Jon Russell was Asia Editor for The Next Web from 2011 to 2014. Originally from the UK, he lives in Bangkok, Thailand. You can find him on T Jon Russell was Asia Editor for The Next Web from 2011 to 2014. Originally from the UK, he lives in Bangkok, Thailand. You can find him on Twitter, Angel List, LinkedIn.
Japanese mobile messaging service Line has moved towards introducing third-party apps and services to its 45 million user-strong platform, after it revealed that it will introduce a new content-hosting platform — Line Channel — and open its API to developers.
The new feature, which will debut in Japan before rolling out to other international markets, will allow iOS and Android device owners to download and use apps with their friends from inside the popular Asian messaging app. Support for Windows Phone owners will come in the future, the company said.
Line Channel will support two types of apps, the company says, in the form of HTML5-based Web apps and native apps which will be available from the App Store and Google Play. The introduction will allow users to play games and engage with other content — including including music, coupons, digital books — expanding the service from simply offering messaging and free calls.
Initially the apps and content available to share will be built by NHN, the Korean-headquartered Web-firm that owns Line, and a small selection of publishers but over time the company hopes to include content produced by third party developers.
To that end, it is opening its API to external partners, who can apply for access via the dedicated partner page on its website.
On launch, Line Channel will include titles from the following publishers – as Japan-based tech watcher Serkan Toto notes:
- Square Enix
- Alfa System (a video game maker from Kumamoto, Japan)
- Korean gaming companies BiCore and Enfeel
- Japanese social game makers gloops and dango
- Grasshopper Manufacture
In conjunction with the API opening, Line is also introducing its own virtual currency — the LINE coin — with which users can buy content and services from the Line channel on a pre-pay basis, following Korean rival Kakao Talk’s introduce of Kakao Chocos last week.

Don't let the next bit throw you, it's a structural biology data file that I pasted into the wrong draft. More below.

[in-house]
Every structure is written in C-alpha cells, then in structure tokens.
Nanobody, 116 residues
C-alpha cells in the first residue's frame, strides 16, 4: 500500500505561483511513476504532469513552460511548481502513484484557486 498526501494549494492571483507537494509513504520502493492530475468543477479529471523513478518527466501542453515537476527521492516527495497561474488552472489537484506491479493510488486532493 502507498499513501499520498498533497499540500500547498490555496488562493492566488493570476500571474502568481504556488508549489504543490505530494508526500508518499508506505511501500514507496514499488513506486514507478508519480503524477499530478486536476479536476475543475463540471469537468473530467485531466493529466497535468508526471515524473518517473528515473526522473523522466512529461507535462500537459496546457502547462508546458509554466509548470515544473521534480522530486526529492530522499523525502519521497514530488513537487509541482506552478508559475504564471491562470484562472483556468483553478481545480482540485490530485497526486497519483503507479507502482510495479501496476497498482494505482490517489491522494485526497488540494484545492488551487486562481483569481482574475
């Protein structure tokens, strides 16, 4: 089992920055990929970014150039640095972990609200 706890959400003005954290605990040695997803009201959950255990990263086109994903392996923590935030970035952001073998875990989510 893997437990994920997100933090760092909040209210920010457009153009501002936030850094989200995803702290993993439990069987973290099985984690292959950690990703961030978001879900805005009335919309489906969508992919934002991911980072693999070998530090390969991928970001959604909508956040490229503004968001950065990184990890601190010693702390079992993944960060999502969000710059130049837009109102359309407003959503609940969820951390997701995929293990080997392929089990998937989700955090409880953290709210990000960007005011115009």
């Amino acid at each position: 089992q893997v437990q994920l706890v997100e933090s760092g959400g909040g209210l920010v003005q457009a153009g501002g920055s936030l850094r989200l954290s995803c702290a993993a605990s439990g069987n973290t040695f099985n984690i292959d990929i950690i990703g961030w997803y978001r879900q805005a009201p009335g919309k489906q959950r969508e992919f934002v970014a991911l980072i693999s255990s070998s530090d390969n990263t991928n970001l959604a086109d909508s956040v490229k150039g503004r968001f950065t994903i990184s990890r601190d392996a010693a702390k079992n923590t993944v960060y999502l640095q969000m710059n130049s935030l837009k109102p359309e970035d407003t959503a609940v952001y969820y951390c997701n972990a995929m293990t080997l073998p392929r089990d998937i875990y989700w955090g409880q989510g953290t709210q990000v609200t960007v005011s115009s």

The exact details of how Line will work with developers, and in particular how revenue will be shared, aren’t entirely clear, but we’ve reached out to the company for additional details.
The move into app hosting is a fascinating one that will give the fast-growing service a great holder of its users attention, and increase its competitive edge against services like Facebook, and Japanese mobile social gaming firms DeNA and GREE. Built entirely for mobile, Line has as much potential in emerging markets as Mark Zuckerberg’s social network, and it will be fascinating to see how developers react to this move.
Launched in June 2011, Line has become hugely popular across Asia, where the lion’s share of its 45 million registered users are based. Initially available for iPhone and Android, the service has added support for PCs, tablets and Windows Phone in the last few months, making it a strong rival for WhatsApp and other cross-platform messaging services like Samsung’s ChatON.
The service reached 20 million downloads in March, and it has now seen that figure more than double in the last four months, showing its potential to continue to grow strongly.
The company currently makes its revenue by selling add-on virtual goods, such as stickers that can be used on the service, and the move towards openings its API and hosting apps will see it diversify its monetisation into a new space.
Indeed, Line also revealed today that its stickers have brought in $4.4 million revenue over the last two months, demonstrating that — although niche by Western standards — its monetisation plan is bringing in returns across Asia.
Line also announced two additions to the basic service that will see it support the sharing of video and photo-based content between users, while it has introduced Facebook-style cover photos that will also users to tweak their profile to suit their personality and mood.
Header image via Flickr / Bottspot, all others via Line/NHN
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